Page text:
Mark tells us that on one occasion Jesus comes walking across the sea toward his disciples in the midst of an early morning storm. He has power to command the wind and the waves. That’s good, isn’t it? But it just fills them with fear.
In Gerasene Jesus encounters a man with a legion of demons. Jesus casts them out of a man and into a herd of pigs who run off the side of a cliff and fall into the sea where they drown and are destroyed. Not a good thing for the pigs. But what can I tell you? Jesus was Jewish. The people from the village come out to see this man; once completely out of his mind. Now he’s clean and clothed and in his right mind and sitting there listening to Jesus. It’s miraculous. But the villagers tell Jesus to go away; they want him to leave their town… because they're afraid of his power.
When Peter, James and John see Jesus transfigured on a mountain and standing in the presence of Moses and Elijah, they are petrified.
And most of all, anytime Jesus tries to teach his disciples about his impending death in Jerusalem, they are horrified. After Jesus is arrested, Peter is so afraid that he denies even knowing Jesus. And none of the disciples can muster up the courage to hang tough with Jesus 'til the end.
But, that was before Easter, right? Didn't Easter change everything? I mean, surely the miracle of resurrection brought all that fear to a quick and thorough end, wouldn't you think?
So how can this be? In this morning’s scripture, these women have received the best news ever imaginable. How on earth, face to face with an empty tomb, can they possibly remain silent? How, face to face with an angelic messenger, can they possibly keep quiet? How, now that Jesus' pre-crucifixion promises have been fulfilled and proven true, how can they possibly keep the good news to themselves?
And, perhaps the biggest question of all, how could our gospel writer have given us an ending so troubling and so disappointing?
Well, if it does trouble you – as it troubles me – I assure you, we are not the first to be troubled by this gospel ending. As a matter of fact, in most bibles today, if you read beyond this morning's verses, you will see editor's notes. They give you information on the amendments to Mark's gospel – a shorter ending and a longer ending. Both of which are significantly more encouraging than this morning's ending. You see, even from the start, Mark's original version seemed to beg for a re-write.
And those amendments to the original provide the good news that someone did tell. And there's nothing hard to believe about that. We could be at Denny’s right now eating an omelette or at home reading the paper with a cup of coffee. But we’re not, we’re here. Look around you this morning. Look around this sanctuary. Obviously someone told. If they hadn't, we wouldn't be here today celebrating the good news that, at least initially, scared those poor women speechless.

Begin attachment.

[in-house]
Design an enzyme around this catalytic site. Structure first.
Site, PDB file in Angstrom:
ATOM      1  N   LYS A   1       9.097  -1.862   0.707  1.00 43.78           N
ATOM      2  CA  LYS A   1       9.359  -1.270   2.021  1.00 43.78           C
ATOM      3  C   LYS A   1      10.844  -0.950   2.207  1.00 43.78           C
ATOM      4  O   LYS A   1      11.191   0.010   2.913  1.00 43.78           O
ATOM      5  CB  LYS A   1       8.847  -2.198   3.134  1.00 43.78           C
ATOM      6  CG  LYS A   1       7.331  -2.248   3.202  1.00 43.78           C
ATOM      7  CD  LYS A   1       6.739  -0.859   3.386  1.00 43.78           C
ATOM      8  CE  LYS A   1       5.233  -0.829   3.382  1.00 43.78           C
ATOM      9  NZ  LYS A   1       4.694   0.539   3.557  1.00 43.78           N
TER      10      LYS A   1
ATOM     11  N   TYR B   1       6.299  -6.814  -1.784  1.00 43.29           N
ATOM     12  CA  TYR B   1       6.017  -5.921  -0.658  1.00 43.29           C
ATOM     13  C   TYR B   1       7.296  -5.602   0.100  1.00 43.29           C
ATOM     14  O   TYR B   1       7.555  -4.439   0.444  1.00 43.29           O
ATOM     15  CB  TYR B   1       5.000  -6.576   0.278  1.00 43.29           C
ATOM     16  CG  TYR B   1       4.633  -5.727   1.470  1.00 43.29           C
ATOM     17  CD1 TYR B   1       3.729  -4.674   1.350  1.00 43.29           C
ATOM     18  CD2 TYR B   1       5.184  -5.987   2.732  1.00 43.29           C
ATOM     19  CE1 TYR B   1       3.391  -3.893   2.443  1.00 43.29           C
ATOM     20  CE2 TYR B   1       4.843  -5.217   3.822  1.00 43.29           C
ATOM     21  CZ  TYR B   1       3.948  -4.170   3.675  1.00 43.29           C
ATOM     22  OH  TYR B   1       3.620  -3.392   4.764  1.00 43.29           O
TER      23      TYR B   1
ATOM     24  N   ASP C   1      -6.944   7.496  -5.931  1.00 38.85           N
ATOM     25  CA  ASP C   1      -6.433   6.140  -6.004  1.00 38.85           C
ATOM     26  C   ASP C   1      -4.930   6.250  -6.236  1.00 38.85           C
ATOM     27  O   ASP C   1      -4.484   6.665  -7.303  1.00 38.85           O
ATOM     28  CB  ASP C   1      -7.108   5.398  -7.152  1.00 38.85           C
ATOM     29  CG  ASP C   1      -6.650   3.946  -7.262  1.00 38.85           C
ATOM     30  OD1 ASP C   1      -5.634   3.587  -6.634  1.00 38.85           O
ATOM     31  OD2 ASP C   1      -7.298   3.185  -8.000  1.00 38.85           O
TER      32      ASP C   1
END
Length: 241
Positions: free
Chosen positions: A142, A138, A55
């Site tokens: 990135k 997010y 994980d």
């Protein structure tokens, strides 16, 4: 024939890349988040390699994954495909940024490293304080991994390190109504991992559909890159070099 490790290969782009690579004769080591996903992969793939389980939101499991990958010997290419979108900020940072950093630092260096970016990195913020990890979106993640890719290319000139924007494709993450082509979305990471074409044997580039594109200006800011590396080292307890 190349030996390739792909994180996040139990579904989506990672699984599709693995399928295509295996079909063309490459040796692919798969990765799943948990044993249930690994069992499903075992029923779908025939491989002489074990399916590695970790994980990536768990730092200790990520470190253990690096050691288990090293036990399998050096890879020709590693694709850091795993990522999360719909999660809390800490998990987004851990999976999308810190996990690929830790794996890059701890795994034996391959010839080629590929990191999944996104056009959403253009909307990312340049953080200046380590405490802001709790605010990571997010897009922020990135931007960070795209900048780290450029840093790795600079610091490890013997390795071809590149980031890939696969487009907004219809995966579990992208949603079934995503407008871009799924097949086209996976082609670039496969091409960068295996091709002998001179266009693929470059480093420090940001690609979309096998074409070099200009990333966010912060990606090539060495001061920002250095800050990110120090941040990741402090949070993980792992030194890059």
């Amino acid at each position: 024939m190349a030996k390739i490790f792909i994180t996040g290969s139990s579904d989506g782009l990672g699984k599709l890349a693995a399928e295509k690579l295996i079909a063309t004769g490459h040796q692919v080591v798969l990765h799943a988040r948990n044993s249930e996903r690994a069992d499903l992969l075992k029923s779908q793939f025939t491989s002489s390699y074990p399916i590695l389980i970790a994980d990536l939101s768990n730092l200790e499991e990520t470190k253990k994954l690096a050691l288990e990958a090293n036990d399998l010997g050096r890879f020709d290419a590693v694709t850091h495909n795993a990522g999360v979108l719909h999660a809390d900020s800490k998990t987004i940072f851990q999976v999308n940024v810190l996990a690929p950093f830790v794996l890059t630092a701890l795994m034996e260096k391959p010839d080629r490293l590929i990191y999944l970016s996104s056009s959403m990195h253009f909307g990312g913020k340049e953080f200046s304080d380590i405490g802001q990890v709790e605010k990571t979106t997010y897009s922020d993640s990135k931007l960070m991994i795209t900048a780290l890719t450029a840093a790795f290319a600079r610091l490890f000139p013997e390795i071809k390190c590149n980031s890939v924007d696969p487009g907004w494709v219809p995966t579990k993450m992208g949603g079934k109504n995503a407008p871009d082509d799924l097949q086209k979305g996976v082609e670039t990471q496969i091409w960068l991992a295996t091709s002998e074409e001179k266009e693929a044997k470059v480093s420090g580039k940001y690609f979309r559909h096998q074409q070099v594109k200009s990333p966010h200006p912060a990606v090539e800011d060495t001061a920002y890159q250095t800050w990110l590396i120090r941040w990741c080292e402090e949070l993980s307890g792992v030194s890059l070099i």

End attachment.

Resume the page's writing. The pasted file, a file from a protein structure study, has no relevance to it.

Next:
But you know, I for one, think that Mark is a better story-teller and a pretty gifted evangelist because maybe it’s not so bad to be troubled a little on Easter. Maybe from time to time, we need to be challenged and we need to ask ourselves: "Did Easter change everything? Did it change everything for us? Did the miracle of the resurrection bring our fear to an end? Did it loose our tongues to go and tell?"
Mark is a gifted story teller, a gifted evangelist, because he draws us into the story. We become more than an audience; we become participants. Mark’s open ended conclusion invites us to pick up the pen, so to speak, where he left off. My friends, in chapter 1, verse 1, Mark tells us that his story is the beginning of the gospel, the beginning of the good news about Jesus Christ, the Son of God. And you and I are the builders on that foundation, that beginning.
But some of you here this morning might have come to church carrying your own fears, your own anxieties, your own low expectations. Your morning may have begun in darkness… that’s more than likely since we live at the end of the time zone. But it’s light out now. And Jesus isn’t in that tomb anymore. He is risen. Easter, my friends, isn’t the end of the story; it’s the beginning. This morning’s gospel story is wonderful words of life for you and me because Easter has changed everything. Easter has brought light out of darkness; hope out of fear; power out of weakness; and most of all, life out of death. Jesus’ crucifixion looked like death; it looked like defeat; it looked like the end of the story. But it was just the beginning.
Do you believe that Jesus ain't in the tomb?
If you do, then it changes how we live. And it becomes good news that we cannot possibly keep to ourselves. So, GO and TELL because “Christ is risen!”